Operating from a Yemeni base, at least 20 U.S. special operations troops have used satellite imagery, drone video, eavesdropping systems and other technical means to help pinpoint targets for an offensive that intensified this week, said U.S. and Yemeni officials who asked not to be identified talking about the sensitive operation. The U.S. forces also advised Yemeni military commanders on where and when to deploy their troops, two senior Obama administration officials said. The U.S. contingent is expected to grow, a senior military official said. The Obama administrationís direct military role in Yemen is more extensive than previously reported and represents a deepening involvement in the nationís growing conflict.
The military and CIA are coordinating a separate but related campaign of airstrikes against members of the group Al Qaeda in the Arabian Peninsula, which U.S. intelligence officials say poses the greatest threat to America. The Yemen-based group was implicated this month in a failed effort to put a suicide bomber on a U.S.-bound airliner, the latest of several failed bombing attempts. John Brennan, White House counter-terrorism advisor, flew to Yemen last weekend to meet its new president, Abed Rabbo Mansour Hadi. The administration considers Hadi, who took office in February, an ally and is seeking to support a political transition toward democracy.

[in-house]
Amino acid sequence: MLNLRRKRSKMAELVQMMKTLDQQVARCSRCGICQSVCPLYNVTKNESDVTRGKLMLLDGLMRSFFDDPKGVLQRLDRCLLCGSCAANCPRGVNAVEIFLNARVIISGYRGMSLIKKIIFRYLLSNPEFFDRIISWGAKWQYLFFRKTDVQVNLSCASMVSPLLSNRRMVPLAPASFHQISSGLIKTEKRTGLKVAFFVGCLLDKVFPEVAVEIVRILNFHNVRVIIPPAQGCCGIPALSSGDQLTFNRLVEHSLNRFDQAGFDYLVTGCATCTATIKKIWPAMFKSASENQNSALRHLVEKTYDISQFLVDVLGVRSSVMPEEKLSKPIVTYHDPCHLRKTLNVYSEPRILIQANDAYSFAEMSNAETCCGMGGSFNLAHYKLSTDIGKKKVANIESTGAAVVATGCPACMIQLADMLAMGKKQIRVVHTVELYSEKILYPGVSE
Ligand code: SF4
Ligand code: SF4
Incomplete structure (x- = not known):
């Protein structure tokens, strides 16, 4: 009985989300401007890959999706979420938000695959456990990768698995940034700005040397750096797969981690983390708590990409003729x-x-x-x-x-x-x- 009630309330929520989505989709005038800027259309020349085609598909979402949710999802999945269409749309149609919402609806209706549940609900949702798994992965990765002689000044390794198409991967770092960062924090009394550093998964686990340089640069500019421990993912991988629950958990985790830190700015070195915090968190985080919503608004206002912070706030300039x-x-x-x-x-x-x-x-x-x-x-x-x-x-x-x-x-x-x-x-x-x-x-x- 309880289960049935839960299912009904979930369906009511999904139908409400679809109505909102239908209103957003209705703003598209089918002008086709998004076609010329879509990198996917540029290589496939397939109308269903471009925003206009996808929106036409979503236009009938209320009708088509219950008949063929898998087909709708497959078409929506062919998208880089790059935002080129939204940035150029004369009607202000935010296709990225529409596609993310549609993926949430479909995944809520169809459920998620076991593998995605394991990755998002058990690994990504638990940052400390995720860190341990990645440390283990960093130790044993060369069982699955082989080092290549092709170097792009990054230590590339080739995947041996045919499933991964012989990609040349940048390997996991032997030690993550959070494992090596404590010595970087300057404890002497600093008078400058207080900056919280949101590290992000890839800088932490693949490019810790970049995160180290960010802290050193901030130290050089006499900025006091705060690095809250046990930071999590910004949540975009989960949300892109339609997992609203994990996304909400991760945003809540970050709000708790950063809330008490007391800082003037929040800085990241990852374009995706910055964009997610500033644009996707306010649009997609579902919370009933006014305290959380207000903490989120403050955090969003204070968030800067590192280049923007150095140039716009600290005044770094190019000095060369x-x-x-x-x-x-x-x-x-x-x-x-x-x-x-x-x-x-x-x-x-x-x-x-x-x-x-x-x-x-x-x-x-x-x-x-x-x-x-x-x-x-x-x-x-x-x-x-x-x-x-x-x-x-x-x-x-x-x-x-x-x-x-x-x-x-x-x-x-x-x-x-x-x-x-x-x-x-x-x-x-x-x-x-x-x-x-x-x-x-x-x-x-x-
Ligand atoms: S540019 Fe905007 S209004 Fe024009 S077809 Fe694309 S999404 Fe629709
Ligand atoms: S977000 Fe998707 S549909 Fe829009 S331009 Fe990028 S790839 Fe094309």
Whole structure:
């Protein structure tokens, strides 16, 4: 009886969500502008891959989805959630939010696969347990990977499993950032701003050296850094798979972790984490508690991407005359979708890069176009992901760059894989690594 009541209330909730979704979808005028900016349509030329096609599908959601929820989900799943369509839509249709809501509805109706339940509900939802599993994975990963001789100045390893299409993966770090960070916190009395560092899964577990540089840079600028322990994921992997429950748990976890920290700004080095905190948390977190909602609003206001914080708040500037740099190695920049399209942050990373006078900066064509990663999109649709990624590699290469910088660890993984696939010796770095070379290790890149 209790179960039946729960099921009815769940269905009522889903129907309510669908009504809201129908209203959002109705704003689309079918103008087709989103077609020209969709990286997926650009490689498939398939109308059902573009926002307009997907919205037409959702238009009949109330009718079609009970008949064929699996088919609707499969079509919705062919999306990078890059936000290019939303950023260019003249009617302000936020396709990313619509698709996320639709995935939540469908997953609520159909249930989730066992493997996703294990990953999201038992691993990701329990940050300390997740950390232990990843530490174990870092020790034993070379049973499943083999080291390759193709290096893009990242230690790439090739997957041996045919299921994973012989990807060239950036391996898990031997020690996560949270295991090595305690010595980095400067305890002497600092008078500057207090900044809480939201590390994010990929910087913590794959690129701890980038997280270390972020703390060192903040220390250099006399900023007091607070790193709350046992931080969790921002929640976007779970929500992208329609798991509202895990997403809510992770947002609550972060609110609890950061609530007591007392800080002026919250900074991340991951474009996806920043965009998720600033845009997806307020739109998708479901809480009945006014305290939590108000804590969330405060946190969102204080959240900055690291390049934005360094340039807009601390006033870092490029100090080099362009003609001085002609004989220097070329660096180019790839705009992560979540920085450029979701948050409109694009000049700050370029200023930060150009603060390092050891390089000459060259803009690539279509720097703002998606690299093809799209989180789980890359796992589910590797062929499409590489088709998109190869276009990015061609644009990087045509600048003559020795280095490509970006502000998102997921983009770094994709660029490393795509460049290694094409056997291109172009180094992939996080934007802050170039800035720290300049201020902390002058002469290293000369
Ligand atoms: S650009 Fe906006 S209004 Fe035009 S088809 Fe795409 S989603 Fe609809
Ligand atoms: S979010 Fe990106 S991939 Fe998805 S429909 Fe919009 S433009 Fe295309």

U.S. officials remain wary of being drawn into Yemenís factional political struggles, but they expressed confidence in Hadi. "There are ways of checking their homework," a senior defense official said of the Yemeni government. "Theyíve been trusted partners." In a show of support for Hadiís government, President Obama issued an executive order Wednesday giving the Treasury Department authority to freeze U.S. assets of those who "threaten the peace, security and stability" of Yemen. The order, which does not name any individual, is meant to discourage political meddling by those still loyal to the nationís former dictator, officials said.
U.S. special operations troops were withdrawn from Yemen last year amid the violent protests that toppled Hadiís predecessor, Ali Abdullah Saleh, but Pentagon officials disclosed last week that they had returned. The officials described the deployment as a limited training mission for Yemeni security units fighting Al Qaeda, similar to past efforts. Once the U.S. forces arrived, however, Hadi was more willing than Saleh to let the Americans work directly with Yemeni military forces outside the capital, Sana, officials said. The current military offensive coincides with an increase in U.S. military and CIA airstrikes against Al Qaeda leaders in Yemen. They have relied, in part, on intelligence gathered by CIA operatives and contractors in the contested tribal areas, according to a U.S. source with knowledge of the secret operation.